Indeed, China’s growth in 2009 was largely a result of 4 trillion yuan stimulus package directed mostly to infrastructure projects and lending. For example, in December only, China's wide M2 measure of money supply and fixed asset investments grew almost 30% year on year. On the other hand, although putting a lot of cash into an economy during a slowdown may stop job losses, boost confidence and stimulate growth, can also create excess capacity and boost imperfection across the financial system.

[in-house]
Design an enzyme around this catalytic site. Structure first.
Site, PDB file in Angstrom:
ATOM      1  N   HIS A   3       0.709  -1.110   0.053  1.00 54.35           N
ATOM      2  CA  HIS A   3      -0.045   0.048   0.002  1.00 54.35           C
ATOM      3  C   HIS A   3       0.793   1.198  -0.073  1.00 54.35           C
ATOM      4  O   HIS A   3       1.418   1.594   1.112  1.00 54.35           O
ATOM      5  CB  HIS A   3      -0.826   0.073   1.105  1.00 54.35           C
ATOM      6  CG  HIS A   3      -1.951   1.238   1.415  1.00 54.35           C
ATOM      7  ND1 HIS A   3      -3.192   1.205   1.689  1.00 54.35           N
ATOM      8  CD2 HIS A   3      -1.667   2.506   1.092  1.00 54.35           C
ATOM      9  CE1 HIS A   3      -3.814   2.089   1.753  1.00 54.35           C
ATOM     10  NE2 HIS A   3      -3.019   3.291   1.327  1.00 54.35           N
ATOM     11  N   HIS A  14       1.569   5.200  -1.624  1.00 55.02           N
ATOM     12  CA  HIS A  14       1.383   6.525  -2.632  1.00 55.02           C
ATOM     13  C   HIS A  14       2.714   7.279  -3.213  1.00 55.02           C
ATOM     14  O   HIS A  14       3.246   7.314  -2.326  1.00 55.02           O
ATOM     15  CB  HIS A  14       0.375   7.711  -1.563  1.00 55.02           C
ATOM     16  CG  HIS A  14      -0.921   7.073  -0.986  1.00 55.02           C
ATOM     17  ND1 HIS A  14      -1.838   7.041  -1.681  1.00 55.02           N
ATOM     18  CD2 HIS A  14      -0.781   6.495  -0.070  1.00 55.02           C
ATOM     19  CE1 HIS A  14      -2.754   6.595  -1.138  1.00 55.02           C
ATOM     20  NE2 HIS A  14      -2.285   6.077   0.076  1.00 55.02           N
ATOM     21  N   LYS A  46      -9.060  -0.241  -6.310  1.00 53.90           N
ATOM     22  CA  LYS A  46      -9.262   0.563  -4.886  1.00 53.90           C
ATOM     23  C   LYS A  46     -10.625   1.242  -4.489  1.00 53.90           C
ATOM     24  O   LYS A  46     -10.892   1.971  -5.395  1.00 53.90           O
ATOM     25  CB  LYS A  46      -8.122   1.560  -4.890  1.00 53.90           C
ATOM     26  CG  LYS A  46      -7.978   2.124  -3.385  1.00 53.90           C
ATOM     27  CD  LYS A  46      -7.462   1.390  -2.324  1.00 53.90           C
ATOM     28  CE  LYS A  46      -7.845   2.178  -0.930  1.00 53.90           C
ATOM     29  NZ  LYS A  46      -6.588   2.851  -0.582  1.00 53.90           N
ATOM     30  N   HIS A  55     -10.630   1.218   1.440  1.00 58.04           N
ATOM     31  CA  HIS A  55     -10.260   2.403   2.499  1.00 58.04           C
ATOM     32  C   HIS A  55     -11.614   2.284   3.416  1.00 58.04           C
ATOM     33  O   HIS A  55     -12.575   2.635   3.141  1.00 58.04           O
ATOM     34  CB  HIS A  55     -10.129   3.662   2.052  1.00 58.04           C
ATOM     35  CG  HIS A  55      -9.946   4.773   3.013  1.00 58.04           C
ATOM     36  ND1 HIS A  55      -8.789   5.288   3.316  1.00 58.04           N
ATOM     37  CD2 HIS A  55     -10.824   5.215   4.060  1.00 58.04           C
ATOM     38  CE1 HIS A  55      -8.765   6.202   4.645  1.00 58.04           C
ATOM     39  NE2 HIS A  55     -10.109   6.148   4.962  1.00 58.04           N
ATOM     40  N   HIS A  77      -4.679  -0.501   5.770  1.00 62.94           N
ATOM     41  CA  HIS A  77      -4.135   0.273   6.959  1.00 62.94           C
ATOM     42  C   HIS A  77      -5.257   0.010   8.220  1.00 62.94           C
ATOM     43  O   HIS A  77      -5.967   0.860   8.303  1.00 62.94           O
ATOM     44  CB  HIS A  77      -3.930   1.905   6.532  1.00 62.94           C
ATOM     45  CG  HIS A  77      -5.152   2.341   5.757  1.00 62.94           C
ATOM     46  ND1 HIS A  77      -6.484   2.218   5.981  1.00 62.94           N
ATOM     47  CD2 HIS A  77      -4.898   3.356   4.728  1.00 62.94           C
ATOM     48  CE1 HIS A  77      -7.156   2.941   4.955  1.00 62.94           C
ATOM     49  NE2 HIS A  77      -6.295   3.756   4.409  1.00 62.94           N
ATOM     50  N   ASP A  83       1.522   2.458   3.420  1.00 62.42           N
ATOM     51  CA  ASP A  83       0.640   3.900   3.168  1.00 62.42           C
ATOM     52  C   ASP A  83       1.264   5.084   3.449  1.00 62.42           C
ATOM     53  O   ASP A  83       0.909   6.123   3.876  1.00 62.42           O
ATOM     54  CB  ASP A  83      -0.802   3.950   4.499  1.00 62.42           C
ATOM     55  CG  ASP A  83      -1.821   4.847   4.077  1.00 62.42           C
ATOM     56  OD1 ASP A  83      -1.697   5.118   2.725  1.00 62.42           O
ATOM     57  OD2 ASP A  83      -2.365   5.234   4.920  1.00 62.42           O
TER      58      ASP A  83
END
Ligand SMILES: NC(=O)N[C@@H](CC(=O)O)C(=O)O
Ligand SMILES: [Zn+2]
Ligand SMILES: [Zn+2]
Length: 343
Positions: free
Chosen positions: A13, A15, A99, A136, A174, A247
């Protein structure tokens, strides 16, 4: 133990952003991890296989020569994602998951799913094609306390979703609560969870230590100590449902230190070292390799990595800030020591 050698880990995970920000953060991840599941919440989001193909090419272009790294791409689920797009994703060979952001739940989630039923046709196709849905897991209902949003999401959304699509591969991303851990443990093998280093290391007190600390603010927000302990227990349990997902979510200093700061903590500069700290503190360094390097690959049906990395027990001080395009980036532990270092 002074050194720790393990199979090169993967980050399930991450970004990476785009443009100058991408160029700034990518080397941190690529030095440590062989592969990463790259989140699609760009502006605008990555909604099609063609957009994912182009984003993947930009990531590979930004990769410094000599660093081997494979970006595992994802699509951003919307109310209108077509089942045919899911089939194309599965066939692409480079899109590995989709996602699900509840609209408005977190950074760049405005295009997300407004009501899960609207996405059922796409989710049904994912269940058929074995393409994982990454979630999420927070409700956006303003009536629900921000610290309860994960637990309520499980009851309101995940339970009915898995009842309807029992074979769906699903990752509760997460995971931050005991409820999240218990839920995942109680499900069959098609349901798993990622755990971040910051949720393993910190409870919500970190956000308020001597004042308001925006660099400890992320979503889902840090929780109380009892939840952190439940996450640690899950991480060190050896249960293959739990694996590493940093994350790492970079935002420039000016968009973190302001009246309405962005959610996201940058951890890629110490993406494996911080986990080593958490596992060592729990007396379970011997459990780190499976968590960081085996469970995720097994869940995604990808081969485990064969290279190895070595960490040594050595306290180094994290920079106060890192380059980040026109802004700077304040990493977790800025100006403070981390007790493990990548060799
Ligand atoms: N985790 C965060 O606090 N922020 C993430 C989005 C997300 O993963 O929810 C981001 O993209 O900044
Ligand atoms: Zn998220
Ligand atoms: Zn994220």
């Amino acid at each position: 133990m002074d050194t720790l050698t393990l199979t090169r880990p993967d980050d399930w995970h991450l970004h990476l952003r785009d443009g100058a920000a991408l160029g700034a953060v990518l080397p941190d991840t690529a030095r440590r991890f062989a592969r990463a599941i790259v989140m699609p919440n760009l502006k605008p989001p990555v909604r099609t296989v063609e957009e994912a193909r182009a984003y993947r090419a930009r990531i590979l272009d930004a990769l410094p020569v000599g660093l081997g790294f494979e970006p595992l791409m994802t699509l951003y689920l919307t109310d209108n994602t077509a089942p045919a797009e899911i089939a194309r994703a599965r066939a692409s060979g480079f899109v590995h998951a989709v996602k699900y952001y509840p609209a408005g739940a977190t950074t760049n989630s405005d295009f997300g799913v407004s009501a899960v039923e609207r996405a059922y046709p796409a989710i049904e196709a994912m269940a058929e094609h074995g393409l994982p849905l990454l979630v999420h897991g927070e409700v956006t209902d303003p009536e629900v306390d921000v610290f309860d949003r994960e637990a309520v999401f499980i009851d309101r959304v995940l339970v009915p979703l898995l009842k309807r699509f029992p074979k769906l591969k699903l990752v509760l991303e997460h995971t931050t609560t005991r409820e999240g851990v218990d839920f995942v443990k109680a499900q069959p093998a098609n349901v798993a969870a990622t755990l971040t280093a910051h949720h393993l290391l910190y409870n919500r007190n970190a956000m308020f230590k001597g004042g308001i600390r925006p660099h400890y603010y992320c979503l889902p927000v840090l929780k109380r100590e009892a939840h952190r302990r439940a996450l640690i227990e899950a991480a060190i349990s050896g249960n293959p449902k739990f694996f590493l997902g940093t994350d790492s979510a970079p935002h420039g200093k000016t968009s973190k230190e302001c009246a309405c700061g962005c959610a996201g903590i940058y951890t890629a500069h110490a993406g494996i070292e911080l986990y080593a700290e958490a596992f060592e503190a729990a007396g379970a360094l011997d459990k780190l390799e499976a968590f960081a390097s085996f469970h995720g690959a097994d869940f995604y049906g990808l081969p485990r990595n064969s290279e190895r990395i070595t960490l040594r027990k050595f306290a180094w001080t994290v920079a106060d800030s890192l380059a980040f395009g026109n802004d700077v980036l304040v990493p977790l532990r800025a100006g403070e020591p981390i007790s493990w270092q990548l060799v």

In addition, China has been keeping the value of its currency yuan pegged to the US dollar at very low levels. And with greenback having depreciated significantly in 2009, the trade-weighted value of Yuan also declined, making foreign goods more costly in China. Adding to that already high food prices, a result of severe weather conditions in northern regions, and inflation may get out of control. So, under these circumstances there is a big pressure on wage growth and companies are likely to raise prices to cover costs which will depress spending among Chinese consumers.